Get your credit report for free. You’re entitled to one free report from each of the three credit bureaus (Experian, TransUnion, and Equifax) every year. Beware, though. Many sites advertising “free credit reports” are actually fronts for companies trying to sell you services—credit monitoring, debt consolidation, credit repair-most of which you don’t need. The reports are free, but you’ll be automatically signed up and billed for these products. Get your reports from annualcreditreport.com, which is sponsored by the three bureaus and the Federal Trade Commission. You can purchase extras on this site, too, but just stick with the free reports. If you want to see your credit scores (a numerical representation of how good a credit risk you are), you’ll have to pay $48 at myfico.com.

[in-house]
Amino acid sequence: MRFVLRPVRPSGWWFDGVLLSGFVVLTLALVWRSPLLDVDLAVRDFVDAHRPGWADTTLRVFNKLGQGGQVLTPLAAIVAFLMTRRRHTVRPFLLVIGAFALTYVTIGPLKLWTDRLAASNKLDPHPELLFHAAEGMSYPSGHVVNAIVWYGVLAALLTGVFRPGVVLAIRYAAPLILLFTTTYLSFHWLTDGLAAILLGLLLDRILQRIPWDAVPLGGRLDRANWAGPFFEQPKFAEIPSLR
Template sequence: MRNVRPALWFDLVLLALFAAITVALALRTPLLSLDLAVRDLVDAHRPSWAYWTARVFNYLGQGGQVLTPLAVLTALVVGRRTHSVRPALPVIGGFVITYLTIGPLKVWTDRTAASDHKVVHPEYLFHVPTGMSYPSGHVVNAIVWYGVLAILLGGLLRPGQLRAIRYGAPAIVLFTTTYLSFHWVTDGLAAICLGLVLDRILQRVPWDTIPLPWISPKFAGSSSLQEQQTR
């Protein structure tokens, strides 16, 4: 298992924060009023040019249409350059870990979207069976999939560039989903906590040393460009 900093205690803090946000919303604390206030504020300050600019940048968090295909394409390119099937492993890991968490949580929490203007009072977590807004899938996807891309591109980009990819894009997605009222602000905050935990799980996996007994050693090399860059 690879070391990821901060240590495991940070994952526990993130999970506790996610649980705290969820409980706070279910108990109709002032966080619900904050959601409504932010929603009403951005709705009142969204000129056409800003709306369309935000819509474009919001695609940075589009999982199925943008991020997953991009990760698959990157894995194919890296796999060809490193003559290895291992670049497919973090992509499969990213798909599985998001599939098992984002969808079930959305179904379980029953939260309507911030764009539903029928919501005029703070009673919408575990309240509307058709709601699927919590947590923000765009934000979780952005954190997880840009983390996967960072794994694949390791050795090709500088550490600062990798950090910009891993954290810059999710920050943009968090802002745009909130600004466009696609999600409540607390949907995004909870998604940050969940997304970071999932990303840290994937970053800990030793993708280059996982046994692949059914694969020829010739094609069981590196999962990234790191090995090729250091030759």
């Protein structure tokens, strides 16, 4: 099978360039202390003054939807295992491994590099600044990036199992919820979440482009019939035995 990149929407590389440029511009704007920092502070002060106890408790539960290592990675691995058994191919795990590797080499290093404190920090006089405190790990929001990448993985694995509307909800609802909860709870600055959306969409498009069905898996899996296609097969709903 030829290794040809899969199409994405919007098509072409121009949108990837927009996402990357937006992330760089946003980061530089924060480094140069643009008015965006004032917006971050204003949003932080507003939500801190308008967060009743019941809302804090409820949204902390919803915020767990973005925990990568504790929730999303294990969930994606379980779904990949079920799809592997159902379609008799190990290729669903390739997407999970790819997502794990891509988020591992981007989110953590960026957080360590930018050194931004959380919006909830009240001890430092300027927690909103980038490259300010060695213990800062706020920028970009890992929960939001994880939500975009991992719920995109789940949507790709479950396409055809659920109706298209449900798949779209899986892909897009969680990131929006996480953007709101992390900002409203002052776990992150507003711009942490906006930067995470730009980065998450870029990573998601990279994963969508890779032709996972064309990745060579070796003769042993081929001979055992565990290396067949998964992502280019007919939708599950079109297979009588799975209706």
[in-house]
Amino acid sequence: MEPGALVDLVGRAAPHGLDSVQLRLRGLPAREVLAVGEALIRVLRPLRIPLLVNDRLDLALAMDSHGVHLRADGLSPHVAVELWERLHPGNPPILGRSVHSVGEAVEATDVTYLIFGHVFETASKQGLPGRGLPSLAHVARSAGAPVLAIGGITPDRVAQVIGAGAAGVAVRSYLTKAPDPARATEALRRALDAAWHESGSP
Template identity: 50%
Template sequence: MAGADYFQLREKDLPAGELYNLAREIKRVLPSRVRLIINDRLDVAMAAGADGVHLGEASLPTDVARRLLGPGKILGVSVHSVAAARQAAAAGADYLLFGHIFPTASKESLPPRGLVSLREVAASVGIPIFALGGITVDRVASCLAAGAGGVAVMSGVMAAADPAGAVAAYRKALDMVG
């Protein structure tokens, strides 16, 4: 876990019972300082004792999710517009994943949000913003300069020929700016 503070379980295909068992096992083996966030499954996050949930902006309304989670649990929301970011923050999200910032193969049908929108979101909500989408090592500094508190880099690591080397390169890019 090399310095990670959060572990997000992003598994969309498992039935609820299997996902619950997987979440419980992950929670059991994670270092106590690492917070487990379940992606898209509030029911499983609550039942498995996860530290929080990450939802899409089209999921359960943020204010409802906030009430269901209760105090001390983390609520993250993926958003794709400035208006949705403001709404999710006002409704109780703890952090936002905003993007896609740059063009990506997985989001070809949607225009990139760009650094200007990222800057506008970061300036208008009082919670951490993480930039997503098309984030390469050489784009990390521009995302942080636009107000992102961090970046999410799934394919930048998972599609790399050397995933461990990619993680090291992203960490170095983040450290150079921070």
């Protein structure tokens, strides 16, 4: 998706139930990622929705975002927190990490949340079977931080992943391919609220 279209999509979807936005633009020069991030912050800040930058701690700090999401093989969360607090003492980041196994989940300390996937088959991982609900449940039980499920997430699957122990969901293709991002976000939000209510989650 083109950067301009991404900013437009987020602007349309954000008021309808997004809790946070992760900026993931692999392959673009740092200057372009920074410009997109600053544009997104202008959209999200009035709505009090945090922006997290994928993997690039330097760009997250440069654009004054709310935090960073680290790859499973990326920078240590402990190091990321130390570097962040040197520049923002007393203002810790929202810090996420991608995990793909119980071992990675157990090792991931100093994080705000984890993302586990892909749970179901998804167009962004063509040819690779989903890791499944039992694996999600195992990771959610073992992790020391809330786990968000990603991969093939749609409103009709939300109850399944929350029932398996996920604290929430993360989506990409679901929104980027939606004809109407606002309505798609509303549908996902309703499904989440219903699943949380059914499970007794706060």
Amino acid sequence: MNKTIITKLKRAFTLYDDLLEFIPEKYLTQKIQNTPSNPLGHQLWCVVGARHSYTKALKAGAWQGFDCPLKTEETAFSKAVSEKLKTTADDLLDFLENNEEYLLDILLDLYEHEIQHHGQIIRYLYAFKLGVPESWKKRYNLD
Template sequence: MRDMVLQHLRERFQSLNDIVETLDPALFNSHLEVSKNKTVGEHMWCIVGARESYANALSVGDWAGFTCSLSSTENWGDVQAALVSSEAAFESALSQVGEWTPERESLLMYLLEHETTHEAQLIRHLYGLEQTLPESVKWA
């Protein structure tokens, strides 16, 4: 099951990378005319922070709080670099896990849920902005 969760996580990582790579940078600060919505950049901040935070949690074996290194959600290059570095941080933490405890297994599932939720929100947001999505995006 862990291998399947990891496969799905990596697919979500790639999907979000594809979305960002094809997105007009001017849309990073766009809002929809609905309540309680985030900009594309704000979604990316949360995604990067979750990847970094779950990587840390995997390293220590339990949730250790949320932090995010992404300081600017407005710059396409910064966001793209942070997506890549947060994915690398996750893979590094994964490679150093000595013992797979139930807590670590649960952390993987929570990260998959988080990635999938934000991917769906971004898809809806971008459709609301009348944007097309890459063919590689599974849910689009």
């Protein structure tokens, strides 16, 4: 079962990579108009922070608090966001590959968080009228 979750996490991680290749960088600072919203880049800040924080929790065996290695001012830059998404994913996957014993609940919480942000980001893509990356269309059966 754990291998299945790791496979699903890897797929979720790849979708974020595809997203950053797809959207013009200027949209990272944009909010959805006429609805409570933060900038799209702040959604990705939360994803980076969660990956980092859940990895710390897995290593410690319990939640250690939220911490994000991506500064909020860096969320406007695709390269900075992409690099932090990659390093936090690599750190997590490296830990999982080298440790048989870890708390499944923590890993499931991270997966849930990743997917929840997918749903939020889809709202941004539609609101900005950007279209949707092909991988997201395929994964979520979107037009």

Shop around for car insurance. An online search and a few phone calls can turn up vastly different rates in the same area. You’ll also want to ask about lesser-known breaks. For example, even if your kids are grown and out of the house, they might be able to get a substantial discount if they insure their cars through the company you use. One place to start is carinsurance.com. Once you’ve found the best rate, ask your insurance agent if he or she can match it.
Sign up for an FSA. Many employers offer flexible spending accounts as a way to set aside part of your salary for health care and child-care costs. You can pay for everything from Band-Aids to orthodontic work with pretax money, which translates into a discount of about 30 percent or more, depending on your tax bracket. But plan carefully. If you don’t use all the money in your account within the year (at many companies, you have until March 15 of the following year to submit receipts), you lose whatever’s left.